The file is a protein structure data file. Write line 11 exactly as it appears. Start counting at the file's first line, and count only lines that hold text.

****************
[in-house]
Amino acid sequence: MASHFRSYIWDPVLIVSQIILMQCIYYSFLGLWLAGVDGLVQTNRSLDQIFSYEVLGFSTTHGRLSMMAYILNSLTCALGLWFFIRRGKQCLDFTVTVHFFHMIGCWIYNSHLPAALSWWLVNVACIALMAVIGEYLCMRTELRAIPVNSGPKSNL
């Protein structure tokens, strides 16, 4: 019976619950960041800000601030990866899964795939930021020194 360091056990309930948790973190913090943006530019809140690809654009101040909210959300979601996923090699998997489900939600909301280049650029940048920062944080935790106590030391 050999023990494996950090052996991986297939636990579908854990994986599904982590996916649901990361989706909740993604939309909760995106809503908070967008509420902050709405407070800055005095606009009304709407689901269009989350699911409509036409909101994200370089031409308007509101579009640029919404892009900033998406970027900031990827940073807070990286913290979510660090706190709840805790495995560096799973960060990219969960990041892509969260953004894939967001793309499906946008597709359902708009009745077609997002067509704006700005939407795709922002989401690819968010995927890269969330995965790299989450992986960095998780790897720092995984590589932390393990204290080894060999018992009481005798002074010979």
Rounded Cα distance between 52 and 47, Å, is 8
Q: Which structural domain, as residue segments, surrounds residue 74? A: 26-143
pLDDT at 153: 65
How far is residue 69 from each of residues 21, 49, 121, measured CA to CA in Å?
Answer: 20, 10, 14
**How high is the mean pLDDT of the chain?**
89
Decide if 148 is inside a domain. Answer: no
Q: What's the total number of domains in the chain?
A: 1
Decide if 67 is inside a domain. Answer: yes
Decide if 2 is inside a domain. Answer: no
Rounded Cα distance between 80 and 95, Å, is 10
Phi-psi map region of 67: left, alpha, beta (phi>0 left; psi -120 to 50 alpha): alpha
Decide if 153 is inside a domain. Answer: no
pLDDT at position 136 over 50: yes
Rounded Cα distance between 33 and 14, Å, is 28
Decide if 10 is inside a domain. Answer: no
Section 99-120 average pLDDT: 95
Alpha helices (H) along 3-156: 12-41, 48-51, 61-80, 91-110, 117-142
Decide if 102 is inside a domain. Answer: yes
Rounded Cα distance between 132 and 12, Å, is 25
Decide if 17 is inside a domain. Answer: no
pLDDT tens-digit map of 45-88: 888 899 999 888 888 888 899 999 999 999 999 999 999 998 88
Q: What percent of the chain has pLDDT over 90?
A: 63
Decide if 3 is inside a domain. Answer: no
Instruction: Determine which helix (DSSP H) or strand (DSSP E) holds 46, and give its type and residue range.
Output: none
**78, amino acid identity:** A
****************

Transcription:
Decide if 148 is inside a domain. Answer: no